Ultra-Violence – Privilege to Overcome Review

Ultra-Violence // Privilege to Overcome
Rating: 3.0/5.0 — Thrash with a multiple personality disorder
Label: Punishment 18 Records
Websites: myspace.com/ultraviolencemetal | facebook.com/ultraviolencemetal
Release Dates: Out now!

Ultra ViolenceRe-thrashers just keep coming through the floorboards and as with roaches, for every one you see, hundreds more lurk just out of sight. Ultra-Violence is a new bug and they hail from Italy of all places. Their Privilege to Overcome debut doesn’t completely reinvent the thrash wheel, but it does offer a dizzyingly schizoid blend of modern thrash, second wave Bay Area style thrash like Defiance and Faith or Fear, Germanic thrash, crossover hardcore like D.R.I. and modern stuff like Machine Head. Though at first they seem to be another throwback band, they include such a hodge-podge of diverse elements that they end up quite unpredictable and a lot more interesting. The fact they can really play doesn’t hurt either and they bring a slick, fairly technical approach to their performing while keeping the energy level high. While I’ll admit I was rather Blaise about hearing this (the codpiece-heavy album art didn’t help matters), their skill, enthusiasm and myriad outside influences slowly brought me around after a spin or three. In fact, I prefer this to the new Havok opus and nobody is more surprised by that than me, my droogs.

The band gives you their basic package on opener “Spell of the Moon” which showcases a mostly Bay Area assault with little moments of Machine Head-like super heavy riffing spaced throughout. It comes closest to Exodus, but you can hear a more punky side as well. The energy is high, the vocals are insane and they pack in some sweet solos. Overall a satisfying slice o’ thrash and a great intro to the band. Tracks like “Order of the Black” throw in textbook Slayer style whammy molestations and even add a few blackened trem-pickings as they zip along. “Turn Into Dust” rambles all over the damn place and calls to mind Germanic thrash like Destruction and Sodom and Loris Castiglia channels Tom Angelripper’s vocals at times.

UltraThings go into epic mode for the almost nine minute “The Voodoo Cross” and the crew does their best to find the balance between aggression, tempo shifts and technicality. While they certainly include a slew of interesting ideas and generally manage to keep things moving, epic mode is rarely a good idea for thrash as the style lends itself to fatigue quicker than most and this will be too much for many listeners. Other chestnuts of worth include the much more light-hearted and catchy cover of Ira’s “Metal Milizia,” the old school Exodus worship of “The Beast Behind Your Back” and the very black metal-esque “Ride Across the Storm.”

Downers are few, but “10,000 Ways to Spread My Hate” feels tired despite the death metal influence and the short, punky “You’re Dead” adds little beyond a nod to crossover acts like D.R.I., Crumbsuckers and Cryptic Slaughter. The bigger issue on Privilege to Overcome is the length of the songs. Rare is the band that can write long and drawn out thrash capable of holding one’s interest and several solid tracks here beat the dead horse to the point of tedium (“Turn Into Dust” and “The Voodoo Cross” being the worst offenders). If they cut the length of most of these songs down by a minute of two, things would sizzle and move on, leaving the listener impressed instead of glazed over. Making matters worse, the album runs almost sixty minutes, which is much too much thrash for one sitting. I begin to lose focus by the ninth track and I really can’t get through this in one sitting despite the overall quality. It shouldn’t be lost on young bands that Reign in Blood is widely considered to be the zenith of the genre and it ran a mere twenty-nine minutes. Less is always more with thrash.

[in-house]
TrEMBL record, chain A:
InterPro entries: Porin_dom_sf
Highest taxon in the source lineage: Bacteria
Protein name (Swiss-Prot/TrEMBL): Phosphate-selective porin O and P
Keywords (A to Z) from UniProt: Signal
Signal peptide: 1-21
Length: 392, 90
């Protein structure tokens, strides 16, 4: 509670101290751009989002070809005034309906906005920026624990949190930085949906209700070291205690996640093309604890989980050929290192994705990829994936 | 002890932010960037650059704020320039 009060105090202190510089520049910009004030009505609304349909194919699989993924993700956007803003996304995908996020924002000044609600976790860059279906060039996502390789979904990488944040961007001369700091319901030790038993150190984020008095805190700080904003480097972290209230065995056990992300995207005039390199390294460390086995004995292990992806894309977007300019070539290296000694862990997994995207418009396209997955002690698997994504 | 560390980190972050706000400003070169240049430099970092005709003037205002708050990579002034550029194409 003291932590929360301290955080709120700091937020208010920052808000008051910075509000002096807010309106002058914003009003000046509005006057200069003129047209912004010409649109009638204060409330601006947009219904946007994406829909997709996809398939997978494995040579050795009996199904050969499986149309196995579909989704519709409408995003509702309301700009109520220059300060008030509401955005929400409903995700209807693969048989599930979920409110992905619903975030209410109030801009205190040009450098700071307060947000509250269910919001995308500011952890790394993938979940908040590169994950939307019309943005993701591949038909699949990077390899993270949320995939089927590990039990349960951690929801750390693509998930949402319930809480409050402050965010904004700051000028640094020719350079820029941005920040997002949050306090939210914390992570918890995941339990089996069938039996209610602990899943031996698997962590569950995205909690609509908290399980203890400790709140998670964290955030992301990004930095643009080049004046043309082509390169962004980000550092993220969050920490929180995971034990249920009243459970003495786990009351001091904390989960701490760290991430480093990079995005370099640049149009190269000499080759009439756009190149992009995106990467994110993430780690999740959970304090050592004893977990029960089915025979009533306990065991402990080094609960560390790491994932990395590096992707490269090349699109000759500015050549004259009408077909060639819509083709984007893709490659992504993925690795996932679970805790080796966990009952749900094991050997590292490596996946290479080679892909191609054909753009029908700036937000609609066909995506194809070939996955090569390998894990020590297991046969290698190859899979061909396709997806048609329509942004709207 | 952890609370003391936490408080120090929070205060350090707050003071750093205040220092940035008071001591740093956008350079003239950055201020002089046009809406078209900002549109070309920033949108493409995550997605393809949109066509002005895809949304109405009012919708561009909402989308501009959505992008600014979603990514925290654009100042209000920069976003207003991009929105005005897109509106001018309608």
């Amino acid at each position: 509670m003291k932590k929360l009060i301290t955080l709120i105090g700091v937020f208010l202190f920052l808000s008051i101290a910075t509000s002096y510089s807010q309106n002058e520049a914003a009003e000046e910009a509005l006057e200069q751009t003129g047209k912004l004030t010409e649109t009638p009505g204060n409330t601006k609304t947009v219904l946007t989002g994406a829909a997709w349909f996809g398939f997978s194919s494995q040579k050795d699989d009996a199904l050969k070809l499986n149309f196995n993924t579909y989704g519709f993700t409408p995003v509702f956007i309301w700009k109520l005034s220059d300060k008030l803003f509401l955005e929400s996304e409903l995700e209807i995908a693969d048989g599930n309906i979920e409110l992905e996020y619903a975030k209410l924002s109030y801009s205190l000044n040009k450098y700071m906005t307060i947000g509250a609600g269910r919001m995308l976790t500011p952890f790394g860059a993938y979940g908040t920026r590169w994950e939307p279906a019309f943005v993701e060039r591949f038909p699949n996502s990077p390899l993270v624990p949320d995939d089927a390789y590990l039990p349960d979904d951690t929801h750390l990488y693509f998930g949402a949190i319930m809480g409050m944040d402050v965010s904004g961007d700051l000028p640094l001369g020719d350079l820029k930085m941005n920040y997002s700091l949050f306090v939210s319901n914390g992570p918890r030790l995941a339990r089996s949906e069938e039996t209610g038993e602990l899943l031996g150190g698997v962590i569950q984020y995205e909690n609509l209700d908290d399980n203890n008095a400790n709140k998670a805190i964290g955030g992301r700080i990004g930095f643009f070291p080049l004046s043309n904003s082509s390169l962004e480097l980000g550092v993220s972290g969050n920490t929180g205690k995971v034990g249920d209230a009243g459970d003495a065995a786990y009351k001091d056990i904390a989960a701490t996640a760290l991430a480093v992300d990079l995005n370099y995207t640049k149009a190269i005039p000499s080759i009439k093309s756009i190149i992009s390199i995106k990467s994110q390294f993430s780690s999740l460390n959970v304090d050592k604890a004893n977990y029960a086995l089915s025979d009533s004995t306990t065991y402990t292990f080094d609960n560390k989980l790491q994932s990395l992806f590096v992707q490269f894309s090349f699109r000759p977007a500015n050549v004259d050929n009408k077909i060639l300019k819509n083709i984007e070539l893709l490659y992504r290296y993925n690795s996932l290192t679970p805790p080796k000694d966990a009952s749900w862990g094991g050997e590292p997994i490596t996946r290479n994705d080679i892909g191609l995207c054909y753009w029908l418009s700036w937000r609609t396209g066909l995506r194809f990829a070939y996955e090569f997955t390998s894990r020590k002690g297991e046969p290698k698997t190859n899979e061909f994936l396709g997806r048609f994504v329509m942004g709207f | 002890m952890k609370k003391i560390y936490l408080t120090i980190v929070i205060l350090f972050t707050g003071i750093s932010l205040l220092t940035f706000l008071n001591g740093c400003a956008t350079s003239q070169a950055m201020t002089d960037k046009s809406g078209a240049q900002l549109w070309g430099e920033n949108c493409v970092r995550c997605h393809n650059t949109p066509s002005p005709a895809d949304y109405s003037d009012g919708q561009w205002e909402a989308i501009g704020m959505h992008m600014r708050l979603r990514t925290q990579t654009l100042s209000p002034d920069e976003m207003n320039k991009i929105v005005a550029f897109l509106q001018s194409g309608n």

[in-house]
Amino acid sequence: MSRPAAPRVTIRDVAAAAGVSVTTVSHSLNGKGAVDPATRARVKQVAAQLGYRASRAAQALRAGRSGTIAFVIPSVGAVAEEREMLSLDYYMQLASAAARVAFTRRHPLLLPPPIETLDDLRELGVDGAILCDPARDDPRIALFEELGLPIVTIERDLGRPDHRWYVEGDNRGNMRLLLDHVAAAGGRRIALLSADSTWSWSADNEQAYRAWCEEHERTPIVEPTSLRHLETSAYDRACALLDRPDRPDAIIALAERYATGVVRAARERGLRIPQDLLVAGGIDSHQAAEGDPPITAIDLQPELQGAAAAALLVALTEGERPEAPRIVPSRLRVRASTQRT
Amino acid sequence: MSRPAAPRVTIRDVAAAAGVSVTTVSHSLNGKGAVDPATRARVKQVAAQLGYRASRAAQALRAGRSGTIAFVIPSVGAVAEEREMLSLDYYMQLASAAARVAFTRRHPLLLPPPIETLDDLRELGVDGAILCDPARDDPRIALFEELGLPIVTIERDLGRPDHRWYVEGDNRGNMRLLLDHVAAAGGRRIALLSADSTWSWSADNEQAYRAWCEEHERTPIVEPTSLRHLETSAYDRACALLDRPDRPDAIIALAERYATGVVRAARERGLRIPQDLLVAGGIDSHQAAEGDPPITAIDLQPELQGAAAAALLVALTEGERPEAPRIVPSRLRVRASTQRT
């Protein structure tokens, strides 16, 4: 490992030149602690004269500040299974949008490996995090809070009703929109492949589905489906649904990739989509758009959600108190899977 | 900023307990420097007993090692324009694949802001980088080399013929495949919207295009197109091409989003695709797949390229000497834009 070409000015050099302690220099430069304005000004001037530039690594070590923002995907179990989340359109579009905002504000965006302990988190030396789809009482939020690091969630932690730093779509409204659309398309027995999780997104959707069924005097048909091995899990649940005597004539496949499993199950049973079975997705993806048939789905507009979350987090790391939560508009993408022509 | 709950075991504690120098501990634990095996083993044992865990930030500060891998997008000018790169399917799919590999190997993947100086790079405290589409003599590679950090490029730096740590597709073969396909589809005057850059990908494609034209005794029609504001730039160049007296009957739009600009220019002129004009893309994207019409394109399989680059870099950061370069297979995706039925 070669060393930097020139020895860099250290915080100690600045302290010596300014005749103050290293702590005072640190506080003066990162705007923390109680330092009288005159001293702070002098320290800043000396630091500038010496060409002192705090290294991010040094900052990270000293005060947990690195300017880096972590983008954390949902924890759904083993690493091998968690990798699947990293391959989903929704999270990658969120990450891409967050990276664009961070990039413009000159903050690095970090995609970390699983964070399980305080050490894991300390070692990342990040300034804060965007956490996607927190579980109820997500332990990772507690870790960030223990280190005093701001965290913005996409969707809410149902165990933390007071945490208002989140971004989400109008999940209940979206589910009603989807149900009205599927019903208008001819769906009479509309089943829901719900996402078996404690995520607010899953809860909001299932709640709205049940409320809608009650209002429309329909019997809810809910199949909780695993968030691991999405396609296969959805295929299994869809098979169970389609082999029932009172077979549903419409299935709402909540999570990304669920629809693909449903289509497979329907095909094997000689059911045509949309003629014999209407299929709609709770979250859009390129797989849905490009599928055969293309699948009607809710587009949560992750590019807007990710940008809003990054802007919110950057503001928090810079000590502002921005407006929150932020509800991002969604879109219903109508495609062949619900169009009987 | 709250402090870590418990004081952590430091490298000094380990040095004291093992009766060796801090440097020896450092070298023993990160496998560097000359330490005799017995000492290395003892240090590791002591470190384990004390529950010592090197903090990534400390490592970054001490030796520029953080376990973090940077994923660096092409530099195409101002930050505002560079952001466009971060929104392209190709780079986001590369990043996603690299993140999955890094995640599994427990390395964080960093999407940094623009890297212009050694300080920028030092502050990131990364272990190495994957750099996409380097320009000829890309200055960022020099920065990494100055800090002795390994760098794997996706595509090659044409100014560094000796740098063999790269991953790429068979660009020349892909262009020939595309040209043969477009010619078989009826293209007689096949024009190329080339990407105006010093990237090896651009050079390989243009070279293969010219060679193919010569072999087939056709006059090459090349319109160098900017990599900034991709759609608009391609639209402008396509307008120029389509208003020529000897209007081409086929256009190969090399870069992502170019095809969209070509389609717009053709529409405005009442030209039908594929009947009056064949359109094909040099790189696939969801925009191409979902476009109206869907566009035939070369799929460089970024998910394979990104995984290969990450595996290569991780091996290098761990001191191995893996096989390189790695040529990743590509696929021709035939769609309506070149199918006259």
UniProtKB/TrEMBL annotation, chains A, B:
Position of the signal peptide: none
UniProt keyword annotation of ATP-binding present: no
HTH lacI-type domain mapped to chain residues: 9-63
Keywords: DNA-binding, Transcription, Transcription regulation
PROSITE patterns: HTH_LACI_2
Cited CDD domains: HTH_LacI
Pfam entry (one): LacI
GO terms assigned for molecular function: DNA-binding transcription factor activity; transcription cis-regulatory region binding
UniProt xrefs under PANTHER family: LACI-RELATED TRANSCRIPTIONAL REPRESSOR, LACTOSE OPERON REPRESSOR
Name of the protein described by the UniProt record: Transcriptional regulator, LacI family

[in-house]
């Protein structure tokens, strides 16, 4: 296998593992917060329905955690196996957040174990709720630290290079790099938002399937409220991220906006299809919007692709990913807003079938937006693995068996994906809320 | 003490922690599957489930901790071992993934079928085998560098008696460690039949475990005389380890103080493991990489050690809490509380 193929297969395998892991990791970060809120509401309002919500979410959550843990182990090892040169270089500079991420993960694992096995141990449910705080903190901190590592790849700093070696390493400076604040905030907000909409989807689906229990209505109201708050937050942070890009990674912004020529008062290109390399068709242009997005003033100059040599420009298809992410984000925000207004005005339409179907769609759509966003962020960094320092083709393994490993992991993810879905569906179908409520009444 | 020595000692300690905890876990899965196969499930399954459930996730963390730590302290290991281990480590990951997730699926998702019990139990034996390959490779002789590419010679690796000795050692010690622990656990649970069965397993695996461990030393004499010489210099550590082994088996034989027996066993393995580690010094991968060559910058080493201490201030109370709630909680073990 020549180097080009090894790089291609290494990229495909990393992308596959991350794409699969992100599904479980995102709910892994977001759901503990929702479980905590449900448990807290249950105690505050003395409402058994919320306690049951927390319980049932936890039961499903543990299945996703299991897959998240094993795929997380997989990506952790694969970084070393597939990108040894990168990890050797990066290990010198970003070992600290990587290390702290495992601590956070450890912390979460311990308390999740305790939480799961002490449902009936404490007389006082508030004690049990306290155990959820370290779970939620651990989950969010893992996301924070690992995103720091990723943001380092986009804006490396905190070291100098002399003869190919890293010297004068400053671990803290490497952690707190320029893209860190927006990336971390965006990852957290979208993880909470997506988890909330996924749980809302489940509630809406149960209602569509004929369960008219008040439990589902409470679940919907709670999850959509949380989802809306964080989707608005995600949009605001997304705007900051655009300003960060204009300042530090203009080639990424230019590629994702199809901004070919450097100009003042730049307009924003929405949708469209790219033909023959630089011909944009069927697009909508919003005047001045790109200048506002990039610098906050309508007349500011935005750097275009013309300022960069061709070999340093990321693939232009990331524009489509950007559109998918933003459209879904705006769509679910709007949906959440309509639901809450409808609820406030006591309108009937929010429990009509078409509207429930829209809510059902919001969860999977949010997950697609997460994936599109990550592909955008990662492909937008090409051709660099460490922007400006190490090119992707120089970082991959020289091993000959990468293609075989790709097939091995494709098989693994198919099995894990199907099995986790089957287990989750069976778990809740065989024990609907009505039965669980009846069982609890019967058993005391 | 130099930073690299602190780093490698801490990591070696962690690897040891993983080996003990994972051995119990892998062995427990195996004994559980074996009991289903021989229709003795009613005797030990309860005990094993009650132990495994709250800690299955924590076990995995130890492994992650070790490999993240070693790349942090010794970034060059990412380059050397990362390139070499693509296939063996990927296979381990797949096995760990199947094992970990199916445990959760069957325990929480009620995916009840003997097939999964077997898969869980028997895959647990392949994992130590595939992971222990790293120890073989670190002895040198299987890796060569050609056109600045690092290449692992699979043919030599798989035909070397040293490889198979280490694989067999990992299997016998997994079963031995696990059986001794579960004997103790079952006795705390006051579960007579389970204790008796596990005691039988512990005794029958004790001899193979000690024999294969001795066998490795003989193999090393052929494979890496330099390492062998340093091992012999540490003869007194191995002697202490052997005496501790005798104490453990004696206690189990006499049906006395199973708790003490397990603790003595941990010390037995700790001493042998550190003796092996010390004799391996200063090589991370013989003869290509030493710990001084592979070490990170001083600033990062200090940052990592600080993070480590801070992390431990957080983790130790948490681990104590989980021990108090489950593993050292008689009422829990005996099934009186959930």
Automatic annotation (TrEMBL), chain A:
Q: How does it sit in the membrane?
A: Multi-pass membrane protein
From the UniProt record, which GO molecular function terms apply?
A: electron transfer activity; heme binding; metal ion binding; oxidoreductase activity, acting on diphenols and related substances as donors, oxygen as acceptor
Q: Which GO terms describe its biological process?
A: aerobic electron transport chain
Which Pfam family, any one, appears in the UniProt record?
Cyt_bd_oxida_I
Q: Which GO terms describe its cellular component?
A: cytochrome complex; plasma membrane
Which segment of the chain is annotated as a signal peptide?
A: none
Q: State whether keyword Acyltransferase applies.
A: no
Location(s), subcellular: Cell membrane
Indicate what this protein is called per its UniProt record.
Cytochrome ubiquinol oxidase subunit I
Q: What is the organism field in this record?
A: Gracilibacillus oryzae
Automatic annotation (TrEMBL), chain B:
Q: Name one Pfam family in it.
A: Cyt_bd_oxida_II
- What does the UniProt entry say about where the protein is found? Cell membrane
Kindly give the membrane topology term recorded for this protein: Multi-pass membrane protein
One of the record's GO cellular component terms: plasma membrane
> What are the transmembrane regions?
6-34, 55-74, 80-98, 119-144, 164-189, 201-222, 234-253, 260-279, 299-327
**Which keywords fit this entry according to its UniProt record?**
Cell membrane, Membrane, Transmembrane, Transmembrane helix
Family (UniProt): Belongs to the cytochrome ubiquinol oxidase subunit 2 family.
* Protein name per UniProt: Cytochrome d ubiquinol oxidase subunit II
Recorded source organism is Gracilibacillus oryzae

Clockwork OrAs expected, the guitars do the yeoman’s work and Andrea Vacchiotti and Castiglia are quite skilled. They managed to pen a collection of above average thrash riffs that borrow from various times and places in thrash history and they freely incorporate ideas from black metal and to a lesser extent, death metal. Whether aping Exodus, Destruction of some other act, their playing is crisp and urgent and the solos by Vacchiotti run from wild to emotional and some are quite beautiful (check out “When Future and Past Collide”). Castiglia’s vocals run from a typical thrash bark, to borderline death roars with occasional transitions into blackened croaks and shrieks. He isn’t great at any given style, but he’s more than adequate at each and his efforts help shake things up and keep it all interesting. Overall, the band is tight and talented and manage to convey the youthful passion I look for in thrash.

While this shit is hardly Ludwig van, it will surely please thrash fans and should get their name out there as a promising upstart. They clearly have talent and potential, though they’re mighty late to the retro-thrash party. I sure hope there’s still beer and pizza left for them. Viddy well.

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